News briefs for Nov. 23
Local artists are invited to be a part of the Museum of Northwest Colorado’s local display in December. The local show is replacing the miniature show held in previous years, but the paintings do not need to be miniatures (less than 10″x14″ framed). Larger paintings up to 24″x36″ will be displayed as room allows. There is limited space for three-dimensional art. There is no entry fee or judging. Artists can bring up to four paintings Dec. 1 to the museum balcony to be part of the show. All local art and student work is welcome and must be framed and ready to hang. The museum charges a 20 percent fee on any sales. Transactions must go through the museum bookstore.
The show will open Dec. 1 and run until Jan. 11. A reception will be from 1:30 to 4 p.m. Dec. 4. There will be no admission fee for the museum on that day. Artists interested in participating should drop by the museum, 590 Yampa Ave., or call Jan Gerber, curator of the museum, at 824-6360, or Jane Hume at 824-0594 to give an idea of how many items will be entered.
Pancake breakfast will benefit drug prevention
The Substance Abuse Prevention Program is hosting a pancake breakfast fund-raiser to benefit scholarships, after school programs and DARE. The event will be from 6 to 11 a.m. Dec. 4 and 11 at the McDonald’s in Craig. Tickets are $3 each and can be purchased from Moffat County School District students who are in third through sixth grades or from the Craig Police Department. Call 826-2360.
Avalanche Information Center open for season
The Colorado Geological Survey’s Colorado Avalanche Information Center began on Nov. 12 its 22nd seasonof providing mountain weather and avalanche forecasts to the public in communities across the state.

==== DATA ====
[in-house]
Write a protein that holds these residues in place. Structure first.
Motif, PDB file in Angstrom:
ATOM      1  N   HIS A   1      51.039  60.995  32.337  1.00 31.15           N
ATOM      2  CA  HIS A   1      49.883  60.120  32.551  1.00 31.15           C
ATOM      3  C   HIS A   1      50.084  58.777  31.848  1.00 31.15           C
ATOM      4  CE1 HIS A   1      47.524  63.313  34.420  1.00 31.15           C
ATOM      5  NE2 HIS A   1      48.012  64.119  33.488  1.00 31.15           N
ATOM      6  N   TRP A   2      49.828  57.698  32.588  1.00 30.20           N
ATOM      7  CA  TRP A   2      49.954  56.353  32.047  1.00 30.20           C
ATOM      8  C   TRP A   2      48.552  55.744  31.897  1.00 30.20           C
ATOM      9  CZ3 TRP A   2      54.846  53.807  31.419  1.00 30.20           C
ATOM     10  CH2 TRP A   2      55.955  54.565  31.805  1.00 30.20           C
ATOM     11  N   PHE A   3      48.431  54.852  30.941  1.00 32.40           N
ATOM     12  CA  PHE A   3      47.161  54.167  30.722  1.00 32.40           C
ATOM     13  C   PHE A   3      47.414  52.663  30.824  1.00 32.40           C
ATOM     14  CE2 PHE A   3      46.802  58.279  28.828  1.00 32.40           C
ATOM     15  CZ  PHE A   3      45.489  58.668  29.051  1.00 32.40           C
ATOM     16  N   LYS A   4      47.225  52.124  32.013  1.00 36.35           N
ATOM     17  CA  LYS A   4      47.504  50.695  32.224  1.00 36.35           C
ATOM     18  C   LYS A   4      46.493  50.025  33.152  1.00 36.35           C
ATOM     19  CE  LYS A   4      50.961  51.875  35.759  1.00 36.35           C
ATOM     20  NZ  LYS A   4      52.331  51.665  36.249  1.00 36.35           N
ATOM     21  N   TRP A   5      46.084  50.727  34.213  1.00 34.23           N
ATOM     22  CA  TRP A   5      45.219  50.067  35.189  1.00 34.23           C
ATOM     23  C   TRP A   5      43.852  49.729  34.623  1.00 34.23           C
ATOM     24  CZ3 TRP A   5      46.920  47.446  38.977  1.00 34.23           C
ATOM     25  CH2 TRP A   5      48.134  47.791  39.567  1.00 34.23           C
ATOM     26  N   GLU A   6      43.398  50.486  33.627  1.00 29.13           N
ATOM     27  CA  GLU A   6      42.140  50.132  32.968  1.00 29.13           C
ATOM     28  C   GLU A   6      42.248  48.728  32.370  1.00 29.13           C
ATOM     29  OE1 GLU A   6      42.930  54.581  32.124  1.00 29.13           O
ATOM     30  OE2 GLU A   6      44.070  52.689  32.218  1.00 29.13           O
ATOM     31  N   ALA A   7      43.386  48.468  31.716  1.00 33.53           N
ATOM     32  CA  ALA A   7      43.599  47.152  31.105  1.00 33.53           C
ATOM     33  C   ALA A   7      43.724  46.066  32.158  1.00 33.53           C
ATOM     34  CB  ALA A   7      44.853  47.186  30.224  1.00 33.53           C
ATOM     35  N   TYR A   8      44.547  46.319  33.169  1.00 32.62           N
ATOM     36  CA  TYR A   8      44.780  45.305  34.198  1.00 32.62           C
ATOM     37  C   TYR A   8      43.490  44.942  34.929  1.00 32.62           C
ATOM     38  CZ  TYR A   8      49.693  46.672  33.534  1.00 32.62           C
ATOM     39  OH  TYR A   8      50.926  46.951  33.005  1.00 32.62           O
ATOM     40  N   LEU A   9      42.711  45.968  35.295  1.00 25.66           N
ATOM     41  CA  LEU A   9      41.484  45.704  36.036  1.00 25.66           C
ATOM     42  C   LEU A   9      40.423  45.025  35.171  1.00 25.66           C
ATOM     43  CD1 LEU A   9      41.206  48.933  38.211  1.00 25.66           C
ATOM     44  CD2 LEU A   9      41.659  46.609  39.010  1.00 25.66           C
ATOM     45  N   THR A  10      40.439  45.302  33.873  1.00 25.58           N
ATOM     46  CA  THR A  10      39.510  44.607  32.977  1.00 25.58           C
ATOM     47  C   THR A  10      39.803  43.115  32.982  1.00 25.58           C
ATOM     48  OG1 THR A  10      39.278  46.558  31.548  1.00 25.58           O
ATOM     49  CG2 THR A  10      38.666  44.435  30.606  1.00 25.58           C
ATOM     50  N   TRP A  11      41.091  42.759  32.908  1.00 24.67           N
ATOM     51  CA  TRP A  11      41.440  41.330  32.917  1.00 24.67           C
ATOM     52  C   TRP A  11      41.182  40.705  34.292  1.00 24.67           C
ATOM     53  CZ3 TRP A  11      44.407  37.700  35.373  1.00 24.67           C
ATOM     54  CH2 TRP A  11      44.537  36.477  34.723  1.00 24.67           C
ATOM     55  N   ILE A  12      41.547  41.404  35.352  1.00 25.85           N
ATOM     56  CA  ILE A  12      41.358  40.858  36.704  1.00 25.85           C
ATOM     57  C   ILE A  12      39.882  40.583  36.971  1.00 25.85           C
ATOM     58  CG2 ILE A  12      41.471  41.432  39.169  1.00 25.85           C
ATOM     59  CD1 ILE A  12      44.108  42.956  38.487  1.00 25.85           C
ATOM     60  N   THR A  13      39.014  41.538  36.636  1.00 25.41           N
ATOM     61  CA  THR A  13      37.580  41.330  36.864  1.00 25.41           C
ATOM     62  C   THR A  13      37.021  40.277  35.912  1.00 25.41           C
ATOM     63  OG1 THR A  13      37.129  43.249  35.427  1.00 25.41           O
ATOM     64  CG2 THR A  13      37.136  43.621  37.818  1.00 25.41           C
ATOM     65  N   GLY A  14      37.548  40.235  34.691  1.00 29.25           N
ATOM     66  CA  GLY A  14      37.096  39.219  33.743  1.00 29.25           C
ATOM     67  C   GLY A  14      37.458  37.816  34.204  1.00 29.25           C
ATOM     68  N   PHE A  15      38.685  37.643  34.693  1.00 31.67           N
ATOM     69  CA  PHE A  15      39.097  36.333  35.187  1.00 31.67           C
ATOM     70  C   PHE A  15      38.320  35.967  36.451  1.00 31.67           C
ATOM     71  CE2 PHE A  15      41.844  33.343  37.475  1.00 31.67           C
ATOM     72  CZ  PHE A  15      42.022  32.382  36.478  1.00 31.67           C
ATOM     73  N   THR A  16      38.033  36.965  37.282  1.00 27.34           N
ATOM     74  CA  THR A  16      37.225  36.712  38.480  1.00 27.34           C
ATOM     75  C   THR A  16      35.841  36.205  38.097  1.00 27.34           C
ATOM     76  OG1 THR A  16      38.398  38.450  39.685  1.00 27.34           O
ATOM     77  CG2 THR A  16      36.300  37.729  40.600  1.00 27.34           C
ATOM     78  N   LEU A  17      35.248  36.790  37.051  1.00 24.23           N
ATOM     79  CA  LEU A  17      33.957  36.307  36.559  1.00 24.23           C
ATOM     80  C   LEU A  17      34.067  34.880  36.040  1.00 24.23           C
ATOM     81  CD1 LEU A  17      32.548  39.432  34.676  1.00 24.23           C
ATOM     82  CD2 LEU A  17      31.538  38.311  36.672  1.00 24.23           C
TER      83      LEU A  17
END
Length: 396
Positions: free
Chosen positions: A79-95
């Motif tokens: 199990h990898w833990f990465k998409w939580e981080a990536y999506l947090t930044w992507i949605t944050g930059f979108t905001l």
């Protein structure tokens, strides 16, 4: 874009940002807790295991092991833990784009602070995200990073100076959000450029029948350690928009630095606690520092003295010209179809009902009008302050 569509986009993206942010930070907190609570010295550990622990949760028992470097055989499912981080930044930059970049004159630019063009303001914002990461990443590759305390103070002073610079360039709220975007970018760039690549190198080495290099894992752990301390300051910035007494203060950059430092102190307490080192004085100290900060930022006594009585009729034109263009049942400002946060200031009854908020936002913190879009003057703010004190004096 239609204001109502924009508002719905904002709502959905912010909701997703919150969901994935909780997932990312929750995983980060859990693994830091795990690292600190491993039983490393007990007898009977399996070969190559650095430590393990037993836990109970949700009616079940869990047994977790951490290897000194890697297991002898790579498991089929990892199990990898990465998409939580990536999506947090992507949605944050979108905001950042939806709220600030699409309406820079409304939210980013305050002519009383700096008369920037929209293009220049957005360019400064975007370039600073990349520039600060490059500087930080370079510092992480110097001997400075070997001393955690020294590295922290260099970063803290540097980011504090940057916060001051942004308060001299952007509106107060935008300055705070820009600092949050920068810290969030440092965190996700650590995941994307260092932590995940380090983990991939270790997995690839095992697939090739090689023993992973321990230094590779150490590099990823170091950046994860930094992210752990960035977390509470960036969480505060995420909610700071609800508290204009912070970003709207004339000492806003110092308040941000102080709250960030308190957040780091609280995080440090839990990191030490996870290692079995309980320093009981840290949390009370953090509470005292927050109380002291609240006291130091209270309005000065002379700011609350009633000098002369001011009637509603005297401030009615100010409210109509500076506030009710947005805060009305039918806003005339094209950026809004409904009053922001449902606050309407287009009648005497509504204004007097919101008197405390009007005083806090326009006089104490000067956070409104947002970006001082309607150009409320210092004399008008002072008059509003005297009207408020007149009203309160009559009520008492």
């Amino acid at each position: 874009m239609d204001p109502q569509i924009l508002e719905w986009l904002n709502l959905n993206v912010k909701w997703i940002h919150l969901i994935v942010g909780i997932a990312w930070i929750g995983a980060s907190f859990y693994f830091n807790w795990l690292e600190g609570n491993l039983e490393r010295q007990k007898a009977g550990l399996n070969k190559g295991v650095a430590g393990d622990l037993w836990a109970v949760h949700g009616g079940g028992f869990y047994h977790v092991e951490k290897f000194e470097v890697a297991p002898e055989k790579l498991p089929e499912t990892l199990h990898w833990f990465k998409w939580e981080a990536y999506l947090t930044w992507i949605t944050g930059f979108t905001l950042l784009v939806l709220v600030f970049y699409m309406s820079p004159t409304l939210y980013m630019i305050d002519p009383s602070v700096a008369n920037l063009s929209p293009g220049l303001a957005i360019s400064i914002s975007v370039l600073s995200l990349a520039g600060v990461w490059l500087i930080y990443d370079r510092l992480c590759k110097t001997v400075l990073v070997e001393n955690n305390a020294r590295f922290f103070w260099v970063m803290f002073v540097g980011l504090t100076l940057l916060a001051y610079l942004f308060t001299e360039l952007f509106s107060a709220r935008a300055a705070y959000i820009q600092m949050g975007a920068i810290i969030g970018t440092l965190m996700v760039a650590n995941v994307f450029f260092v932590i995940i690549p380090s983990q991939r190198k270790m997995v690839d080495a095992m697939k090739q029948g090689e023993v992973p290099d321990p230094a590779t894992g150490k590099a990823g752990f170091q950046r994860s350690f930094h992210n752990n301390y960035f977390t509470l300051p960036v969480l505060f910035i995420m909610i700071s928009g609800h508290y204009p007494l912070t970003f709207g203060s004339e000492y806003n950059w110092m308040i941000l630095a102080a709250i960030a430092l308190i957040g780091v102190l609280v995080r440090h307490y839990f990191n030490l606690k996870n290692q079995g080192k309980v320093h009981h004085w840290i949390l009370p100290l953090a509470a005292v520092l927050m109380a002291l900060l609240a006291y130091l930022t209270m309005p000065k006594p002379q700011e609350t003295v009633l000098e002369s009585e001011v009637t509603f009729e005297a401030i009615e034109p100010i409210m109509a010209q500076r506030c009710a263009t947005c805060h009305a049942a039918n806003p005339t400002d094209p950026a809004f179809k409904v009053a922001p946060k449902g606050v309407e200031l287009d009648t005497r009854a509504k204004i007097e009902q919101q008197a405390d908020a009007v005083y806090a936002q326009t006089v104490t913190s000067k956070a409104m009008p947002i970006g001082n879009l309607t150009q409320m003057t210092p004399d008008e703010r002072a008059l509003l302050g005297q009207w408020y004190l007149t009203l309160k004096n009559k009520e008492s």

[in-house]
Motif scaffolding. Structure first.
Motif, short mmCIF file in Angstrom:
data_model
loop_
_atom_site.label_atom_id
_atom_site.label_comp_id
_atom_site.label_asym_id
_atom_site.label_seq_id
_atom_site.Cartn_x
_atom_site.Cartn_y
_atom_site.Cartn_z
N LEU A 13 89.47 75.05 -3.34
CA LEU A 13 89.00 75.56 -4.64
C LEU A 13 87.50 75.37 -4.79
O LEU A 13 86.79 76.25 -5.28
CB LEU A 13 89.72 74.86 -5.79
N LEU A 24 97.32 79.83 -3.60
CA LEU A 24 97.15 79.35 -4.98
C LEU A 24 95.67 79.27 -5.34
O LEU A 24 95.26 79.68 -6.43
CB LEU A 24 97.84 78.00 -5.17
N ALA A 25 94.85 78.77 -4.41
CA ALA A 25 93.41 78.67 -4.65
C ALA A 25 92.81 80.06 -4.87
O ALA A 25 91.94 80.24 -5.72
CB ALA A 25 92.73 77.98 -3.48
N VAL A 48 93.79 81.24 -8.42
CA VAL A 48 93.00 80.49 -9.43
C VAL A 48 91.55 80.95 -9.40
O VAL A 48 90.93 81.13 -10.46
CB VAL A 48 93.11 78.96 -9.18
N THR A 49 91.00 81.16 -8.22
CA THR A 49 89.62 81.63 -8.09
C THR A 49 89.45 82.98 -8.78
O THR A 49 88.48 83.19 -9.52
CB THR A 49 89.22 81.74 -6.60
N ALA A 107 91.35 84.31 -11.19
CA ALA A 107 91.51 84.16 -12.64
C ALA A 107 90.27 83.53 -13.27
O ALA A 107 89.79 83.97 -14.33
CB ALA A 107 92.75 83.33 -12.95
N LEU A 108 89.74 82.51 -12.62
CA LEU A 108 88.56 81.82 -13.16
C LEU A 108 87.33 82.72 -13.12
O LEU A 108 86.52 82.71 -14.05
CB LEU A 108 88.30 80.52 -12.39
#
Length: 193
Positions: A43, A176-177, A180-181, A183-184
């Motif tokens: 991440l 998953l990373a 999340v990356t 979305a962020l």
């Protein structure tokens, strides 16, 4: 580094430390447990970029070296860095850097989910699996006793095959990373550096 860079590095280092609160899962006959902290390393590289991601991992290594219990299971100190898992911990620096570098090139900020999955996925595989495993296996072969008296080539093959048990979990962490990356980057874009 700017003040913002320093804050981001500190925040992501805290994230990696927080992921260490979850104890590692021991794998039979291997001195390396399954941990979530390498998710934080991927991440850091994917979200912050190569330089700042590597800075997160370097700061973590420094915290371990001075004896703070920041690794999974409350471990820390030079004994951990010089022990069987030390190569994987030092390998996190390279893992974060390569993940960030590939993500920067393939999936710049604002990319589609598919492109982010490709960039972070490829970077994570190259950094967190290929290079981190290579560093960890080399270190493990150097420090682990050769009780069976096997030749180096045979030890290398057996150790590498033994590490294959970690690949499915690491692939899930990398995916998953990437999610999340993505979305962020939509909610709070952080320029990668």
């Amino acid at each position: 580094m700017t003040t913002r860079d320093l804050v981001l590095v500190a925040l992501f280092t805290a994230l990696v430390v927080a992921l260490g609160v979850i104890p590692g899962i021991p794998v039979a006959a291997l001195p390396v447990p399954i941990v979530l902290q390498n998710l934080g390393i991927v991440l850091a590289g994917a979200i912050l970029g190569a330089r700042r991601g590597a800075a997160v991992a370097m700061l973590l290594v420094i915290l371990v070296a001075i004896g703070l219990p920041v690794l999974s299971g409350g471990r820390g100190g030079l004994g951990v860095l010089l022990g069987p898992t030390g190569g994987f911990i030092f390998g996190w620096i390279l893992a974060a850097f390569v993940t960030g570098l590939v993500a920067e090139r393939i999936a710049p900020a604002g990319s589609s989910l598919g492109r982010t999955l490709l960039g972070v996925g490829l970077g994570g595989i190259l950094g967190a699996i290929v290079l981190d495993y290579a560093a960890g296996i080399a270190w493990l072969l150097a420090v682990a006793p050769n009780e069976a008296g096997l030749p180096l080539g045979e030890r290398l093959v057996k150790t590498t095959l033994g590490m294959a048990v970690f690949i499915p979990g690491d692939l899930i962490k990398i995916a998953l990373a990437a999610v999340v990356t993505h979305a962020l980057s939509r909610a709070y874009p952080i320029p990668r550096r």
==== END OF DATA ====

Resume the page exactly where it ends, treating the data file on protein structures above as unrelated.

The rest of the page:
Nick Logan, associate director of the center, said 61 people were caught in avalanches last year. The three fatalities were 50 percent lower than the annual average for Colorado. Three people have died in avalanches this winter in other states. The center’s staff teaches avalanche awareness courses that are offered throughout the winter.
CAIC staff members taught classes to more that 2,800 people last year. In addition to formal classes, the center has two publications available, “The Snowy Torrents” and the newly-revised “Avalanche Wise: Your Guide to Avalanche Safety in Colorado.”
To get snowpack conditions and a mountain weather forecasts, Western Slope residents can call 668-0600 in Summit County and Vail, 920-1664 in Aspen, 247-8187 in Durango and 349-4022 in Crested Butte. For more information about CAIC programs or to order copies of CAIC publications, call the Colorado Geological Survey at 303-866-4762 or visit the center’s Web site at geosurvey.state.co.us/avalanche.
Additional community coat drives announced
The Community Coat Drive sponsored by Love INC of the Yampa Valley has announced dates and locations for its upcoming coat drives. Used coats are collected and cleaned, and volunteers are available to assist people as they come in for a coat. Anyone who needs a coat may come, regardless of their incomes. The only rule is one coat per person per year. Parents may pick up coats for their children.
Coat drives have been scheduled from 10 a.m. to noon and 2 to 4 p.m. Friday at the First Congregational Church, 630 Green St. Drives are scheduled at First Congregational from 9 a.m. to noon Saturday and from 9 a.m. to noon Monday through Dec. 3. Call the church at 826-6836 or Love INC of the Yampa Valley at 826-4400 from 2 to 5 p.m. Monday through Friday.
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Craig’s city council continued its ongoing discussion Tuesday about the city’s walkability, prompting city leaders to look into potential funding solutions and plans.